Breakthrough Batteries Two Years Away?

Dean Sigler Batteries, Sustainable Aviation Leave a Comment

Breakthrough Batteries: Powering the Era of Clean Electrification

A paper by Charlie Bloch, James Newcomb, Samhita Shiledar, and Madeline Tyson of the Rocky Mountain Institute describing the near future of battery development predicts and accelerated pace of “the global energy transition” and the growing role of energy storage in “addressing the climate crisis.”  Will these “breakthough batteries” power us into the near future?

Their report* notes the economic investment and potential impacts of ongoing research, which to this editor seems minor when compared to the gravity of the ongoing climate crisis.  Researchers estimate “more than $1.4 billion invested in battery technologies in the first half of 2019 alone,” less than 10 percent of the $16 billion spent in 2016 on plastic surgery.  Apparently, saving the planet is not nearly as crucial as getting butt lifts and Botox wrinkle removals.

Regardless of how quickly new battery technologies come to fruition, it will take time to replace existing technology infrastructures – in which trillions are already involved

Despite this, the Institute insists, “… {M}assive investments in battery manufacturing and steady advances in technology have set in motion a seismic shift in how we will organize energy systems as early as 2030.”

More hopeful, “Increased demand for electric vehicles, grid-tied storage, and other emerging applications further fuels the cycle of investment and cost declines and sets the stage for mass adoption.”  Manufacturing investment totals around $150 billion, with capital costs for new planned capacity possibly dropping by more than half from 2018 to 2023.  Dropping costs have in turn incentivized purchases and further driven demand – and will push both lithium-ion (Li-ion) and new battery technologies across competitive thresholds faster than anticipated.”

The report provides an overview of the leading technologies and chemistries, including solid-state cells and flow batteries.  It explains that rapidly-increasing demand for different energy-storage is having an effect on investments in coal, natural gas and other fossil fuels, which leaves investors at the risk of seeing their money in those enterprises stranded in an economic wasteland.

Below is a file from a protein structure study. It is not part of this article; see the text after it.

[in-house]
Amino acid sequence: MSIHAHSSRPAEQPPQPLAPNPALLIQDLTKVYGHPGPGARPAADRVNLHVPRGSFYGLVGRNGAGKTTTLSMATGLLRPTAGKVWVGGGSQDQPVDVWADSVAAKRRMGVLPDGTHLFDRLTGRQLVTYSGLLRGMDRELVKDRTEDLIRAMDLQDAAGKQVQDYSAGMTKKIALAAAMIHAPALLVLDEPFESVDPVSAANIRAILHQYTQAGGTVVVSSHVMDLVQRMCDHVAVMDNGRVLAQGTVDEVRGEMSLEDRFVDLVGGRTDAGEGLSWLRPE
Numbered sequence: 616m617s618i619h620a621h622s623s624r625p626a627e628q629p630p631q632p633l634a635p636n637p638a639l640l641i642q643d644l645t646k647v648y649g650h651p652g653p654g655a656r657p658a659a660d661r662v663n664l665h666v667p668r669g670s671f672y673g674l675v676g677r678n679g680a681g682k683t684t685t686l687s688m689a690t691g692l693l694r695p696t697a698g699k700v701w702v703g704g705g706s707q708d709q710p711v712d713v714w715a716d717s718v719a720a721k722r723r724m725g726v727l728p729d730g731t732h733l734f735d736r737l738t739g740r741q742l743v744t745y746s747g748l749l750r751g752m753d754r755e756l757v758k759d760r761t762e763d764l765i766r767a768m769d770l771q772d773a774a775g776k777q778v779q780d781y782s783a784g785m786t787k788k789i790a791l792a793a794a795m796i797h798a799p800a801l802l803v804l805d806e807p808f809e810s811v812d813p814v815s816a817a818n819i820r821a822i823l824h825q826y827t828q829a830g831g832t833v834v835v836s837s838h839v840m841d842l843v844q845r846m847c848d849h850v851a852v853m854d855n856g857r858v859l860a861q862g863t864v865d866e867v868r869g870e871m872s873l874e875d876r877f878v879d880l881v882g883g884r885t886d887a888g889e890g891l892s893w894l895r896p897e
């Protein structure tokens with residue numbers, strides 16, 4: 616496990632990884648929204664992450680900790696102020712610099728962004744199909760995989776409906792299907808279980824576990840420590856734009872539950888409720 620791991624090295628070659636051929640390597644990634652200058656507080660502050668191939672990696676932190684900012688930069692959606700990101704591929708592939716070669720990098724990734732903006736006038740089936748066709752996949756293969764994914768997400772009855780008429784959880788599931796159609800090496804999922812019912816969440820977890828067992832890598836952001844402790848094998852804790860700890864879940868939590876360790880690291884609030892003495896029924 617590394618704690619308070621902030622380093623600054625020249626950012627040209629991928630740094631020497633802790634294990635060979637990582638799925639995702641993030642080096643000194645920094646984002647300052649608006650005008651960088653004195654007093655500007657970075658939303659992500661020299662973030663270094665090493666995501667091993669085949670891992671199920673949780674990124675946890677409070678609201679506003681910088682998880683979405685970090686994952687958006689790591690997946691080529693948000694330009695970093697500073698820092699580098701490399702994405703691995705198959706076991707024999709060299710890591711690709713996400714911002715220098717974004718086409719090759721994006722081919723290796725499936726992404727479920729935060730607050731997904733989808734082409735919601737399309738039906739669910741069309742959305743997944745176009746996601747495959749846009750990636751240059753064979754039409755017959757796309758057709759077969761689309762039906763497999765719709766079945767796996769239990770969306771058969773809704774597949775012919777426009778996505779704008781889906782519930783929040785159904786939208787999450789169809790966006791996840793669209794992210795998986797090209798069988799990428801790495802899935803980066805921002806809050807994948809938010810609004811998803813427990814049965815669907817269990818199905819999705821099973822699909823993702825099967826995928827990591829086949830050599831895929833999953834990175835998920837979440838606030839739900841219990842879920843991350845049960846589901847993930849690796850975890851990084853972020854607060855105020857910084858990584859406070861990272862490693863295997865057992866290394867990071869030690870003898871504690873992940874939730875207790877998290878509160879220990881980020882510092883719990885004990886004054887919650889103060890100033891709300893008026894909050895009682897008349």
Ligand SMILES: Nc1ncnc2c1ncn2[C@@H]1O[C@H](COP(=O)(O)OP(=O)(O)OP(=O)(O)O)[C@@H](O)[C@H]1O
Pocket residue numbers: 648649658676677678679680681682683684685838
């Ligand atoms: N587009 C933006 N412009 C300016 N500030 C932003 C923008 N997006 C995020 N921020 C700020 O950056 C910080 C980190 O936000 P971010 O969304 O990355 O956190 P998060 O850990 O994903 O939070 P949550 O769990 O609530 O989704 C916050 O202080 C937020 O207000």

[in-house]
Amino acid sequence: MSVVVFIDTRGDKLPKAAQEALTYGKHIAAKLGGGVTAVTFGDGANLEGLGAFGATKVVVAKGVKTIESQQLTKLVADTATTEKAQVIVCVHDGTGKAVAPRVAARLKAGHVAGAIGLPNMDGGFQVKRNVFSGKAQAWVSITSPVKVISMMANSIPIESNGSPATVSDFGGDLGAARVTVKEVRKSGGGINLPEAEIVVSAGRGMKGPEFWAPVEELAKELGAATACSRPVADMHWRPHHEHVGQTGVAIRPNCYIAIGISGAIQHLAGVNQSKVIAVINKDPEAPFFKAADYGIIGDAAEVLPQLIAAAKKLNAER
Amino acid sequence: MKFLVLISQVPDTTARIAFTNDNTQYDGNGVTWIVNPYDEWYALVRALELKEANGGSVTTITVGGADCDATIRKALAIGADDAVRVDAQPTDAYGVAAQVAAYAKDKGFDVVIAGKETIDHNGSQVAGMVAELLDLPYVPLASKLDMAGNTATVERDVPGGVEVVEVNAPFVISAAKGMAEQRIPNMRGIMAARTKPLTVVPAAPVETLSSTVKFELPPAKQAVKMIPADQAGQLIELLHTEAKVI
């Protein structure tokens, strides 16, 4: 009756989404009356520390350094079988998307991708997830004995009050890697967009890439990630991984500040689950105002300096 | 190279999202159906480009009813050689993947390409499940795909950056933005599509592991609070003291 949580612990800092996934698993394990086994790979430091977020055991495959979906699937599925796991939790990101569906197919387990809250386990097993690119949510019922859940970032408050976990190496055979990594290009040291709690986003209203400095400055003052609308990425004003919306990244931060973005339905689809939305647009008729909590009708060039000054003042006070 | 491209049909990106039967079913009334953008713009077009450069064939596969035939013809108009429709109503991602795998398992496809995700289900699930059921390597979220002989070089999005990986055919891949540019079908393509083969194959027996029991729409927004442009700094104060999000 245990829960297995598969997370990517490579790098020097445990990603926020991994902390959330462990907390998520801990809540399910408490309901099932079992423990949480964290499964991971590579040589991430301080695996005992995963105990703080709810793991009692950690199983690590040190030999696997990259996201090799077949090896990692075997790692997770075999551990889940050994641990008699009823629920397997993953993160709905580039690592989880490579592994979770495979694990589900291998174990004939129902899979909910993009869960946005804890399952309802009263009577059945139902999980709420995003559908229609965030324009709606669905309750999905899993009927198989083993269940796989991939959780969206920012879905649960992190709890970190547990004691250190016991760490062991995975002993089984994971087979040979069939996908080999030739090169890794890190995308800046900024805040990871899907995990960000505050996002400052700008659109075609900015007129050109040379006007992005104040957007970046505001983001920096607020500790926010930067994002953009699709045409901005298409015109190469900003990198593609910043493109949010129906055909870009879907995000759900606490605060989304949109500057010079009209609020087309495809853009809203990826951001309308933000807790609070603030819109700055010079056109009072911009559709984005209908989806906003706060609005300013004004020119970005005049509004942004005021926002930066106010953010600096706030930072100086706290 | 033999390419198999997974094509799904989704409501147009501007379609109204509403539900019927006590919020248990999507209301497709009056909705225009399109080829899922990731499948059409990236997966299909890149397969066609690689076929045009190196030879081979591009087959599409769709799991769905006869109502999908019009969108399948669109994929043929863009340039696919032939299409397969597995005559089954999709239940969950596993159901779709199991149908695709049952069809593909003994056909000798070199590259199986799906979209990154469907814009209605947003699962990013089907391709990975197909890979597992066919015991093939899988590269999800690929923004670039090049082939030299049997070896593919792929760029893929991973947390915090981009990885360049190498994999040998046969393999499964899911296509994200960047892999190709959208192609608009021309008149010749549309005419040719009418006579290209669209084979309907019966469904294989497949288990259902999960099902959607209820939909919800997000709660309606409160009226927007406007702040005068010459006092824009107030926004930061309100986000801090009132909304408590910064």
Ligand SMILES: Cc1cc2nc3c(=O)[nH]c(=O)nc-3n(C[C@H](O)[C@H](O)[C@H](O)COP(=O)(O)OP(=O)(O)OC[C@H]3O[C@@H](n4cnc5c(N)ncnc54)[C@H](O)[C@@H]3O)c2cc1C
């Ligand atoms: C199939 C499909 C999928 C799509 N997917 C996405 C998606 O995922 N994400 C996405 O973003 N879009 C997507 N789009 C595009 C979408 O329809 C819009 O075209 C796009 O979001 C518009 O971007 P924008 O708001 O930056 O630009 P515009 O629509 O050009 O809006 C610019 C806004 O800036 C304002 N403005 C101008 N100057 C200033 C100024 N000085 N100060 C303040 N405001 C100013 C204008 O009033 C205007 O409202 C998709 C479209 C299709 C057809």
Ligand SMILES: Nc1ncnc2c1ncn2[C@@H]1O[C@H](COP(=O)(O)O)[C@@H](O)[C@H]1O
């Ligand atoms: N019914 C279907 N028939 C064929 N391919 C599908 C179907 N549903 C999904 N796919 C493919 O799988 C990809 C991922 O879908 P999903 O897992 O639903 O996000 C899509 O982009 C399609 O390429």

Referring to Nobel Prize winner John Goodenough’s recent claimed battery breakthough, EVobsession reported,Several manufacturing companies are interested in the new battery technology, and are currently working in getting it ready for mass production; however, a working product will be ready in a few more years from now.”  Since this was said two years ago, we might grow impatient waiting for mass production to take place.

“More specifically in March 2017, Professor Goodenough had this to say, ‘…we have done many tests with laboratory cells. Manufacturing a marketable battery cell will take about 2 years of development by a competent battery company, but we have over 50 companies showing interest to be able to perform tests of our results. I am optimistic that our tests will be verified and that product development will begin soon.’ These ‘…battery companies have shown interest in validating our findings and marketing products.’”

“Non-confirmed comments suggest that Tesla is aware of this technology.”

* Breakthrough Batteries Report includes the link in the RMI article.

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